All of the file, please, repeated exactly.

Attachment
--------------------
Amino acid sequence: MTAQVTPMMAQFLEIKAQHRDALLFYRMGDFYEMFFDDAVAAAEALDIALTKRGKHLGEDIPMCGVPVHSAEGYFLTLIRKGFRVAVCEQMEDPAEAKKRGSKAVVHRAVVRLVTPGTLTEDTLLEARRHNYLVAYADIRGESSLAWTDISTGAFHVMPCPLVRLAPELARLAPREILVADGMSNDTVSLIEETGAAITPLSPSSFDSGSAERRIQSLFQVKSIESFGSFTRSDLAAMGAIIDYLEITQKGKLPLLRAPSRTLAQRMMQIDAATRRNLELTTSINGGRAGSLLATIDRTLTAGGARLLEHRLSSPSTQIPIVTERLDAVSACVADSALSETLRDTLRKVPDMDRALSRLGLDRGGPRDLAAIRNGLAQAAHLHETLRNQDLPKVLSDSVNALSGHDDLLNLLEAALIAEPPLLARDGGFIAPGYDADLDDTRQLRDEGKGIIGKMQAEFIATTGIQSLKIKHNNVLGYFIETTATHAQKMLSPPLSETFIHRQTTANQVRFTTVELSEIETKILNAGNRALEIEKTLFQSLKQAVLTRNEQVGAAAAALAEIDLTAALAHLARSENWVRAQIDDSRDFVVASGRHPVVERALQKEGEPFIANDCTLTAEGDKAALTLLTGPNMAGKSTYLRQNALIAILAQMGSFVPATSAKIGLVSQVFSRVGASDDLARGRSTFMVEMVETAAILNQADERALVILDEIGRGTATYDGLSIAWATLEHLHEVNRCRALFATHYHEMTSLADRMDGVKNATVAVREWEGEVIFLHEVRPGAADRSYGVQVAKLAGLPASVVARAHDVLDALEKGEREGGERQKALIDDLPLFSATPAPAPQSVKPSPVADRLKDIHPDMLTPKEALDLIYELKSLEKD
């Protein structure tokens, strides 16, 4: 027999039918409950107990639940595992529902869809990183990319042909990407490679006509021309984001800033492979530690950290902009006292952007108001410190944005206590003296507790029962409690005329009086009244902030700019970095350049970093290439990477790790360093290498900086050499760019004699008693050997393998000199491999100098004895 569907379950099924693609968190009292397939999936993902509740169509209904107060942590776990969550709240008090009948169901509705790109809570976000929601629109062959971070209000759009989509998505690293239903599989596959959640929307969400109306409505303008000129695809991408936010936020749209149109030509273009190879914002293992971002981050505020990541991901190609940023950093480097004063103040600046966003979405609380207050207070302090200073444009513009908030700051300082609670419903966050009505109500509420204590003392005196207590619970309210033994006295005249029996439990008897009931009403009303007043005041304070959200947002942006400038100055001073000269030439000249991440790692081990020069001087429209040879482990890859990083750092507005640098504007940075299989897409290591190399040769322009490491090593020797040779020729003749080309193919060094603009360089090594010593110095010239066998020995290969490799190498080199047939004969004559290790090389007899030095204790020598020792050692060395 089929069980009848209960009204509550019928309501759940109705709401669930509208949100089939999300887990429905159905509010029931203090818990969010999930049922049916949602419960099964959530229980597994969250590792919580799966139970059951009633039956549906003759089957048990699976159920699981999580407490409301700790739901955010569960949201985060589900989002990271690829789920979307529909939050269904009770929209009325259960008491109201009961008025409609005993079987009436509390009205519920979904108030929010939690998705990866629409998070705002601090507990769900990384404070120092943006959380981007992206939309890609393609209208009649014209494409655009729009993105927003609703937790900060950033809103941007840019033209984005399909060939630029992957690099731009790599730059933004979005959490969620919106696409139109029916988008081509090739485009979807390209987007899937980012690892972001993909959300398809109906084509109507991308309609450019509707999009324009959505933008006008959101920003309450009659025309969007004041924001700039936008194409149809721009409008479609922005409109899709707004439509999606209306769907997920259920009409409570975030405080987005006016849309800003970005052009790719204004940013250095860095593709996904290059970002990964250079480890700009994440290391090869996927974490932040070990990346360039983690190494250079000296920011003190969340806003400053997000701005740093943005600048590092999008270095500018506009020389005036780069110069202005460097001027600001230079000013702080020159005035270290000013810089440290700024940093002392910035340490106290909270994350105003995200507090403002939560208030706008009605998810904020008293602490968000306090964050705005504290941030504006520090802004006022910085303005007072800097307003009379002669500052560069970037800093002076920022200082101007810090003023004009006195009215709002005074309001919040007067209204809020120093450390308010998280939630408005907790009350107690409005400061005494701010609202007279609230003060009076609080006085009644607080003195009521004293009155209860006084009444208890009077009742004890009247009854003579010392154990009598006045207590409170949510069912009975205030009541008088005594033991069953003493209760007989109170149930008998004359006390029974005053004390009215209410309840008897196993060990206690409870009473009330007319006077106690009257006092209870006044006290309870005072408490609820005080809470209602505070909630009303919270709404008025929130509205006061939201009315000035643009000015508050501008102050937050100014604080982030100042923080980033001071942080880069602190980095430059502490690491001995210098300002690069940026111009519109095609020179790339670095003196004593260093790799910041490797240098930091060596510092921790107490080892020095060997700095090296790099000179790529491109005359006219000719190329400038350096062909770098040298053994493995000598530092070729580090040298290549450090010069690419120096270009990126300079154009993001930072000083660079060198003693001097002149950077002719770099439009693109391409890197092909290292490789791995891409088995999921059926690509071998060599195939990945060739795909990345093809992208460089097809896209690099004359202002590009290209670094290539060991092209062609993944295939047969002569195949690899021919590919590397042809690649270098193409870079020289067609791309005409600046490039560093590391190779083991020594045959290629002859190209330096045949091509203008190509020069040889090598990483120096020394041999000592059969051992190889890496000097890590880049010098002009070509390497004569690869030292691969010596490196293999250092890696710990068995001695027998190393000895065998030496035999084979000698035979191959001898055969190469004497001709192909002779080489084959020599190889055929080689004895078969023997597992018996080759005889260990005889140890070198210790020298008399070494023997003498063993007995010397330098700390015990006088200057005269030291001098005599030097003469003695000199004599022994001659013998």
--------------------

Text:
Amino acid sequence: MTAQVTPMMAQFLEIKAQHRDALLFYRMGDFYEMFFDDAVAAAEALDIALTKRGKHLGEDIPMCGVPVHSAEGYFLTLIRKGFRVAVCEQMEDPAEAKKRGSKAVVHRAVVRLVTPGTLTEDTLLEARRHNYLVAYADIRGESSLAWTDISTGAFHVMPCPLVRLAPELARLAPREILVADGMSNDTVSLIEETGAAITPLSPSSFDSGSAERRIQSLFQVKSIESFGSFTRSDLAAMGAIIDYLEITQKGKLPLLRAPSRTLAQRMMQIDAATRRNLELTTSINGGRAGSLLATIDRTLTAGGARLLEHRLSSPSTQIPIVTERLDAVSACVADSALSETLRDTLRKVPDMDRALSRLGLDRGGPRDLAAIRNGLAQAAHLHETLRNQDLPKVLSDSVNALSGHDDLLNLLEAALIAEPPLLARDGGFIAPGYDADLDDTRQLRDEGKGIIGKMQAEFIATTGIQSLKIKHNNVLGYFIETTATHAQKMLSPPLSETFIHRQTTANQVRFTTVELSEIETKILNAGNRALEIEKTLFQSLKQAVLTRNEQVGAAAAALAEIDLTAALAHLARSENWVRAQIDDSRDFVVASGRHPVVERALQKEGEPFIANDCTLTAEGDKAALTLLTGPNMAGKSTYLRQNALIAILAQMGSFVPATSAKIGLVSQVFSRVGASDDLARGRSTFMVEMVETAAILNQADERALVILDEIGRGTATYDGLSIAWATLEHLHEVNRCRALFATHYHEMTSLADRMDGVKNATVAVREWEGEVIFLHEVRPGAADRSYGVQVAKLAGLPASVVARAHDVLDALEKGEREGGERQKALIDDLPLFSATPAPAPQSVKPSPVADRLKDIHPDMLTPKEALDLIYELKSLEKD
């Protein structure tokens, strides 16, 4: 027999039918409950107990639940595992529902869809990183990319042909990407490679006509021309984001800033492979530690950290902009006292952007108001410190944005206590003296507790029962409690005329009086009244902030700019970095350049970093290439990477790790360093290498900086050499760019004699008693050997393998000199491999100098004895 569907379950099924693609968190009292397939999936993902509740169509209904107060942590776990969550709240008090009948169901509705790109809570976000929601629109062959971070209000759009989509998505690293239903599989596959959640929307969400109306409505303008000129695809991408936010936020749209149109030509273009190879914002293992971002981050505020990541991901190609940023950093480097004063103040600046966003979405609380207050207070302090200073444009513009908030700051300082609670419903966050009505109500509420204590003392005196207590619970309210033994006295005249029996439990008897009931009403009303007043005041304070959200947002942006400038100055001073000269030439000249991440790692081990020069001087429209040879482990890859990083750092507005640098504007940075299989897409290591190399040769322009490491090593020797040779020729003749080309193919060094603009360089090594010593110095010239066998020995290969490799190498080199047939004969004559290790090389007899030095204790020598020792050692060395 089929069980009848209960009204509550019928309501759940109705709401669930509208949100089939999300887990429905159905509010029931203090818990969010999930049922049916949602419960099964959530229980597994969250590792919580799966139970059951009633039956549906003759089957048990699976159920699981999580407490409301700790739901955010569960949201985060589900989002990271690829789920979307529909939050269904009770929209009325259960008491109201009961008025409609005993079987009436509390009205519920979904108030929010939690998705990866629409998070705002601090507990769900990384404070120092943006959380981007992206939309890609393609209208009649014209494409655009729009993105927003609703937790900060950033809103941007840019033209984005399909060939630029992957690099731009790599730059933004979005959490969620919106696409139109029916988008081509090739485009979807390209987007899937980012690892972001993909959300398809109906084509109507991308309609450019509707999009324009959505933008006008959101920003309450009659025309969007004041924001700039936008194409149809721009409008479609922005409109899709707004439509999606209306769907997920259920009409409570975030405080987005006016849309800003970005052009790719204004940013250095860095593709996904290059970002990964250079480890700009994440290391090869996927974490932040070990990346360039983690190494250079000296920011003190969340806003400053997000701005740093943005600048590092999008270095500018506009020389005036780069110069202005460097001027600001230079000013702080020159005035270290000013810089440290700024940093002392910035340490106290909270994350105003995200507090403002939560208030706008009605998810904020008293602490968000306090964050705005504290941030504006520090802004006022910085303005007072800097307003009379002669500052560069970037800093002076920022200082101007810090003023004009006195009215709002005074309001919040007067209204809020120093450390308010998280939630408005907790009350107690409005400061005494701010609202007279609230003060009076609080006085009644607080003195009521004293009155209860006084009444208890009077009742004890009247009854003579010392154990009598006045207590409170949510069912009975205030009541008088005594033991069953003493209760007989109170149930008998004359006390029974005053004390009215209410309840008897196993060990206690409870009473009330007319006077106690009257006092209870006044006290309870005072408490609820005080809470209602505070909630009303919270709404008025929130509205006061939201009315000035643009000015508050501008102050937050100014604080982030100042923080980033001071942080880069602190980095430059502490690491001995210098300002690069940026111009519109095609020179790339670095003196004593260093790799910041490797240098930091060596510092921790107490080892020095060997700095090296790099000179790529491109005359006219000719190329400038350096062909770098040298053994493995000598530092070729580090040298290549450090010069690419120096270009990126300079154009993001930072000083660079060198003693001097002149950077002719770099439009693109391409890197092909290292490789791995891409088995999921059926690509071998060599195939990945060739795909990345093809992208460089097809896209690099004359202002590009290209670094290539060991092209062609993944295939047969002569195949690899021919590919590397042809690649270098193409870079020289067609791309005409600046490039560093590391190779083991020594045959290629002859190209330096045949091509203008190509020069040889090598990483120096020394041999000592059969051992190889890496000097890590880049010098002009070509390497004569690869030292691969010596490196293999250092890696710990068995001695027998190393000895065998030496035999084979000698035979191959001898055969190469004497001709192909002779080489084959020599190889055929080689004895078969023997597992018996080759005889260990005889140890070198210790020298008399070494023997003498063993007995010397330098700390015990006088200057005269030291001098005599030097003469003695000199004599022994001659013998």